Take My Land, Take My Life: The Story of Congress's Historic Settlement of Alaska Native Land Claims 1960-1971 (Paperback)
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In Take My Land, Take My Life, Mitchell concludes the story of the 134-year history of the U.S. government's relations with Alaska's Native people begun in Sold American:The Story of Alaska Natives and Their Land, 1867-1959. The culmination of that tale occurred in 1971 when Congress enacted the Alaska Native Claims Settlement Act. ANCSA authorized Alaska Natives to be paid $962.5 million and to be conveyed title to 44 million acres of land. Though highly controversial, ANCSA remains the most generous settlement of aboriginal land claims in the nation's history. Mitchell's insightful, exhaustively researched work also describes the political history during the first decade of Alaska statehood, from the rise of Native organizations such as the Alaska Federation of Natives to the battles for power in the subcommittees of Congress.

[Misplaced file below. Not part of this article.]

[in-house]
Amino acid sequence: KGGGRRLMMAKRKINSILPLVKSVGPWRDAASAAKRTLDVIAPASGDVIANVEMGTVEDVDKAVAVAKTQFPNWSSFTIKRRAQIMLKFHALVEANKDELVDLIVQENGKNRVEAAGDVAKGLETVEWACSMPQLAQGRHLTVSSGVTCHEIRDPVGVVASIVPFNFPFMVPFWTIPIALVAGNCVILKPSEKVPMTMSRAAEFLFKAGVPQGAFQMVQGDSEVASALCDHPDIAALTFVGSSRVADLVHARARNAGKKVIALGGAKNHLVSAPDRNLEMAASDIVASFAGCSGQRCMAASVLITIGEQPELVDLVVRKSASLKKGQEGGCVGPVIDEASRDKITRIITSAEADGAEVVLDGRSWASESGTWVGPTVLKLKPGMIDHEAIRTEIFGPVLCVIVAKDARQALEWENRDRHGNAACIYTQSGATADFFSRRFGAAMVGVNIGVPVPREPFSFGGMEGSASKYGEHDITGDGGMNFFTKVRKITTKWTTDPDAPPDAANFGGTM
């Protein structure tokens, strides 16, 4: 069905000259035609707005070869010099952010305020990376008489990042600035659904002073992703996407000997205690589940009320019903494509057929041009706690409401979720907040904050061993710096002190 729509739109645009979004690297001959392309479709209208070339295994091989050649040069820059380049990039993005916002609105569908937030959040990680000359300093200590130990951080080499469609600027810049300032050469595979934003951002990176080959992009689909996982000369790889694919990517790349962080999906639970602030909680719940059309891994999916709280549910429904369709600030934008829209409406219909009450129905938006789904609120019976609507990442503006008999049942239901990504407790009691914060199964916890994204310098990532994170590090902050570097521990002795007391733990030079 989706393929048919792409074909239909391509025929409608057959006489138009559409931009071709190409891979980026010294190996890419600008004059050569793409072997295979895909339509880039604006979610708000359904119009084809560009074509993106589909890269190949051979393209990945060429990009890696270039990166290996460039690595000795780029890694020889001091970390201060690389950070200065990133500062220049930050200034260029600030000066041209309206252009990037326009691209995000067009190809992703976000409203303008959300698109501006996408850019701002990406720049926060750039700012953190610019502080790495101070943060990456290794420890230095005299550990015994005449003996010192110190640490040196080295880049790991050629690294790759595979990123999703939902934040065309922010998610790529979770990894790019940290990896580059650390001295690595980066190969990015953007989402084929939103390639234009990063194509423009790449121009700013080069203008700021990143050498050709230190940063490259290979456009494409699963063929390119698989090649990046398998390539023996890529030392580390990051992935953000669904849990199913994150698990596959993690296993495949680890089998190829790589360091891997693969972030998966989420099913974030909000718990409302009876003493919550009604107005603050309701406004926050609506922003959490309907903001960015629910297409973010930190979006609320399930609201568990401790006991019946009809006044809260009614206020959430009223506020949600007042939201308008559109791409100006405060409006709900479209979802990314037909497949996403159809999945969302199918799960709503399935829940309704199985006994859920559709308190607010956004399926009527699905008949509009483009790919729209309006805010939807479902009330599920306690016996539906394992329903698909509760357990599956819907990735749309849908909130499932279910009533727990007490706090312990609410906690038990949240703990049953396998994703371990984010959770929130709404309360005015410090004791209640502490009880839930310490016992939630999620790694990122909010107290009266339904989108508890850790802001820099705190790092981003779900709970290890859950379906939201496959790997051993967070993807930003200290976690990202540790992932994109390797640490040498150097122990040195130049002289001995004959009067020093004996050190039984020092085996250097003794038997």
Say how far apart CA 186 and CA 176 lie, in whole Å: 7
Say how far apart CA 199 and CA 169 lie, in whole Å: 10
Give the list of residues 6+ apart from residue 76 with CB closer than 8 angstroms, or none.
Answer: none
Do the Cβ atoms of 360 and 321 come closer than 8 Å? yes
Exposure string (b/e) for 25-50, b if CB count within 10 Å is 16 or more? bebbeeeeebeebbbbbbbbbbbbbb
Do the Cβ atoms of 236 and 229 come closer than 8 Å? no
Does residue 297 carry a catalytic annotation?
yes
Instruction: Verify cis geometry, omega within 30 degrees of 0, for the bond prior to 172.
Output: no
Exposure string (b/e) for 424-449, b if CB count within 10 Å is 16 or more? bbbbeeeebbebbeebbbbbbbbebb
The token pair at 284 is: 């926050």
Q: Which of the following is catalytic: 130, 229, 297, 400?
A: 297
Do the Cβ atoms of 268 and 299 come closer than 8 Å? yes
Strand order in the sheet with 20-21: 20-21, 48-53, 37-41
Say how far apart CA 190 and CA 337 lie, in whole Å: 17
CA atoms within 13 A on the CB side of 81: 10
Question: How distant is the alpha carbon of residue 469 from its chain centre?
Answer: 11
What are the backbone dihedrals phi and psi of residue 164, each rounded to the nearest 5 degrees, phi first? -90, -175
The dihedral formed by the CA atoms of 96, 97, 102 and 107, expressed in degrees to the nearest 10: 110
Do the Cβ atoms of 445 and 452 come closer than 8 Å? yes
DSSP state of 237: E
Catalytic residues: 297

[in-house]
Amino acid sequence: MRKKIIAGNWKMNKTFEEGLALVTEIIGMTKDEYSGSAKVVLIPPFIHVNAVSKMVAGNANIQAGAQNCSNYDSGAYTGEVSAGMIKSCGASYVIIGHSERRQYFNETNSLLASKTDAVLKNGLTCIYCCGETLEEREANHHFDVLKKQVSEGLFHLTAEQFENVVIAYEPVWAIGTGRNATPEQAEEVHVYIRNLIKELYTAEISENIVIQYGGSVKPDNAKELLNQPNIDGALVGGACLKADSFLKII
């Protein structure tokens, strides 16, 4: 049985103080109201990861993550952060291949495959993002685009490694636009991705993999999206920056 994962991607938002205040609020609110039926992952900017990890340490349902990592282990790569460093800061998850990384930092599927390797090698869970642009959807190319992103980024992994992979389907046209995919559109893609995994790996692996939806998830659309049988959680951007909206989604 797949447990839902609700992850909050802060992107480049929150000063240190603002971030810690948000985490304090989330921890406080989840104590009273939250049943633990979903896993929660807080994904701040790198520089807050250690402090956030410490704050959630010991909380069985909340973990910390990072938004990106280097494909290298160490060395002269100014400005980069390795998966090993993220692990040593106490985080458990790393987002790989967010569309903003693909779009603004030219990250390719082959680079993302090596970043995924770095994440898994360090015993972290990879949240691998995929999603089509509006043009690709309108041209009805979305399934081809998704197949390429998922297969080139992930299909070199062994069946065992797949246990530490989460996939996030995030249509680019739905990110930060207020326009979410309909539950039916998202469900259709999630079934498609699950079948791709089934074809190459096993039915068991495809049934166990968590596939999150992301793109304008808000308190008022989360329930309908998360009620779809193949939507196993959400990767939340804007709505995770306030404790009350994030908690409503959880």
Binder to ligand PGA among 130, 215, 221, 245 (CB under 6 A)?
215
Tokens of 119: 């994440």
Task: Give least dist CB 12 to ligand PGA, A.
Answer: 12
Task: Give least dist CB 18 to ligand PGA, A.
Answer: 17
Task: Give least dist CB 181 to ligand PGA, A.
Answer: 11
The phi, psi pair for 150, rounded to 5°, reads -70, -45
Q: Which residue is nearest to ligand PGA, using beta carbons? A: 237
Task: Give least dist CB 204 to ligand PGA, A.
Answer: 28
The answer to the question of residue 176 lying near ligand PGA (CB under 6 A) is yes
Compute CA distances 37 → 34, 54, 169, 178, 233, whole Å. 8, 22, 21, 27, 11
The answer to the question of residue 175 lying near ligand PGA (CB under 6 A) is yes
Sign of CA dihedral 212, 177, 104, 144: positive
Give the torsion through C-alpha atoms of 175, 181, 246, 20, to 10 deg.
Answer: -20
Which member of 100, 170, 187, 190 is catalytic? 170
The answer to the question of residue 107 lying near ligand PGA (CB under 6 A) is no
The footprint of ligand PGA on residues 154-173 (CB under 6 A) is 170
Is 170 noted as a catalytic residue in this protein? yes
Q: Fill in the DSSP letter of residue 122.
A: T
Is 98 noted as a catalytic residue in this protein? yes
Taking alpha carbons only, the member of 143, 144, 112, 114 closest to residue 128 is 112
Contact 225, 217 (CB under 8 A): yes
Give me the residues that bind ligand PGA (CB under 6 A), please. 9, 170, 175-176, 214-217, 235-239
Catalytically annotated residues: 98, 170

Insightful and drawn from years of painstaking research of primary source materials, Sold American and Take My Land, Take My Life are an indispensable resource for readers who are interested in the history of the nation's largest state and of the federal government's involvement with Alaska's indigenous peoples.
About the Author
Donald Craig Mitchell is a former vice president and general counsel of the Alaska Federation of Natives, organized by Alaska Natives in 1967 to fight for their historic land claims settlement. In private practice since 1984, he has been intimately involved, both before Congress and in the courts, in the development and implementation of federal Native policy. In 1997, he represented Senator Ted Stevens before the United States Supreme Court as amicus curiae in Alaska v Native Village of Venetie, which upheld Mitchell's view that Congress did not intend land conveyed to Alaska Native corporations to be "Indian Country." He is author of two books and numerous articles on Alaska Native law.